According to Adam Smith, credited with being the Father of Modern Economics, “If you continue to operate in your own self-interest, you will do the best good for society.” That sentiment was echoed by American economist and free market champion, Milton Friedman, who said, “There is only one social responsibility of business – to use its resources and engage in activities designed to increase its profits.” So for business, in the view of those two gentlemen, profit isn’t the main thing, it’s the only thing . . . a singular focus on profits is the best way for business to benefit society. But is that still true today? Maybe not. For more on this, please continue reading below.
How to Make Money and Do Good
There’s a growing body of thought, in businesses large and small, that creating financial value and creating social value are not mutually exclusive activities . . . that they can, in fact, complement one another. While Smith and Friedman seemed to say that building a strong, profitable business alone creates a social benefit, many of today’s business leaders are saying that we have to do more . . . that we have to attack some of today’s social problems more directly. Consider:
- A soap manufacturer that donates product and conducts hygiene programs in third world countries where unsanitary conditions cost millions of lives every year.
- Companies that have pledged to buy raw materials only from renewable, sustainable sources.
- Companies that are committed to reducing their “carbon footprint” by using clean energy sources like wind or solar.
- Companies that manufacture and package their products in ways designed to make them recyclable.
To be sure, there’s no shortage of corporate greed or of companies that behave in ways that are socially irresponsible (think Volkswagen). But as more companies embrace their social responsibilities, the companies that do not will stand out in a way that will not be helpful. If you want to differentiate yourself from your competition, being socially irresponsible would not be a very good way to do it.
While we’d like to think that there’s an altruistic motive for companies to be socially responsible . . . and there’s certainly some of that . . . there’s more. There are also some smart business motives at work here too.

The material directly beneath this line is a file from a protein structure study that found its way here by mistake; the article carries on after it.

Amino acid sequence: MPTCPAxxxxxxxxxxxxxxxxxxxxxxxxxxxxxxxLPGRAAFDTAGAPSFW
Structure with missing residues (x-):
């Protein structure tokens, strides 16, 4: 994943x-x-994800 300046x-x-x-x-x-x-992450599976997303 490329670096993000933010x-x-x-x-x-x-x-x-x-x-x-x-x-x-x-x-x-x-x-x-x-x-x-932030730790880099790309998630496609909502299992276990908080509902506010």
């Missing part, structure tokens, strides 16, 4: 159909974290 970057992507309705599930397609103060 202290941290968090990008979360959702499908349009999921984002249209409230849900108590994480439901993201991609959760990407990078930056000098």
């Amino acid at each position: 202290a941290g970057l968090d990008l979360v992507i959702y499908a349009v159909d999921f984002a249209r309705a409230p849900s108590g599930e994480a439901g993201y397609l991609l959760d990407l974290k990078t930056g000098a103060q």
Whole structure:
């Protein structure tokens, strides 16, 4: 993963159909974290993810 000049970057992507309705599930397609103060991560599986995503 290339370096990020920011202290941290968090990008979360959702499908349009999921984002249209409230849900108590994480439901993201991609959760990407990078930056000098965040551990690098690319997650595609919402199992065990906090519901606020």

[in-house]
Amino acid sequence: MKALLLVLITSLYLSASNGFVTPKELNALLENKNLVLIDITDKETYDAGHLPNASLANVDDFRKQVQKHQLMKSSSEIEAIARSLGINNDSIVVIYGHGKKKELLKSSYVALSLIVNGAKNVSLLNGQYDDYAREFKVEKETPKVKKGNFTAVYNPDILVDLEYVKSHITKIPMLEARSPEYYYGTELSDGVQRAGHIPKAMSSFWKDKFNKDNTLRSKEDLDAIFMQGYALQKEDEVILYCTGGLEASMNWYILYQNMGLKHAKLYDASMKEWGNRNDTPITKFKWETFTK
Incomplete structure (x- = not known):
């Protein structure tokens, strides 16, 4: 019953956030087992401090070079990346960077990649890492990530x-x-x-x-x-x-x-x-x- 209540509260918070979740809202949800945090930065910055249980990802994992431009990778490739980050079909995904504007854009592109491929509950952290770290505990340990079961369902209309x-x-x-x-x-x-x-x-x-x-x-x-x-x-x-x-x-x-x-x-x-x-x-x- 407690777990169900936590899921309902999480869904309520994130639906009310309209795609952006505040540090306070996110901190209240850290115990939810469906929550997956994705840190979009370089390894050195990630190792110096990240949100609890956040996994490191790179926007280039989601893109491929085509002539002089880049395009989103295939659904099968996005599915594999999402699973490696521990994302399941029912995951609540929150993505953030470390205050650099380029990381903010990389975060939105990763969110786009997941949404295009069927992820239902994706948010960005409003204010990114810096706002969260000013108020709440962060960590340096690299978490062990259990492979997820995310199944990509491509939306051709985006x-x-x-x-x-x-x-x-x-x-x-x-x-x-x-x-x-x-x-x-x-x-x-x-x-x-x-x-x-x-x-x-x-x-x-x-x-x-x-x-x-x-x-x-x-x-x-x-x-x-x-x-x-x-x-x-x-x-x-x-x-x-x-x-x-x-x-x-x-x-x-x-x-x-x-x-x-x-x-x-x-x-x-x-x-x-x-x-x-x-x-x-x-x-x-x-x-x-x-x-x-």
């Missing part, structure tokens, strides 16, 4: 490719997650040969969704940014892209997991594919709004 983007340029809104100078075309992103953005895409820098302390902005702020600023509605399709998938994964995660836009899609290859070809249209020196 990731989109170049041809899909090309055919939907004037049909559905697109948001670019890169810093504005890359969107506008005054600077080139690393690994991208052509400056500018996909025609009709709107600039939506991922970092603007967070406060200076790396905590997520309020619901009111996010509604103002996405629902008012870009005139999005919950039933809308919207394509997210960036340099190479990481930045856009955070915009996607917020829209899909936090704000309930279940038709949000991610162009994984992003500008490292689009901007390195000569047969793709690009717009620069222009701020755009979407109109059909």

- It’s good for employee relations. Survey after survey shows that employees want to be involved with something that’s bigger than themselves . . . something, beyond a simple profit motive, that excites them and makes them feel good about themselves.
- It’s good for community relations. Whether your community is global or very local, you need the good will and support of that community. Being seen as a good corporate citizen earns you that support.
- It’s good for customer relations. Your customers, at least those who see themselves as socially responsible, want to do business with others who are socially responsible. Plus, by doing business with you, they hope the good will you are generating for yourself will also rub off on them. It’s good will by association.
Small companies may see “saving the planet” as the job of big, multi-national companies. Not true. Small companies may have to participate on a smaller scale, but they can still participate in ways that will have a big impact on their respective communities. You can “adopt” a small, local charity. You can set aside a day to staff a food pantry or a soup kitchen or to work on a “Habitat for Humanity” project. Some companies give every employee one day off per year to pursue a charitable activity of their own choosing. So regardless of your size, there are ways to create social value within your community. All you need is the will to do it.
But if by doing good we improve employee relations, community relations, and customer relations, will we necessarily improve our profitability? Almost certainly you will although computing a precise ROI or proving a direct cause/effect relationship would be tough. In this case, you may have to be satisfied that by doing the right things, you’ll be doing things right.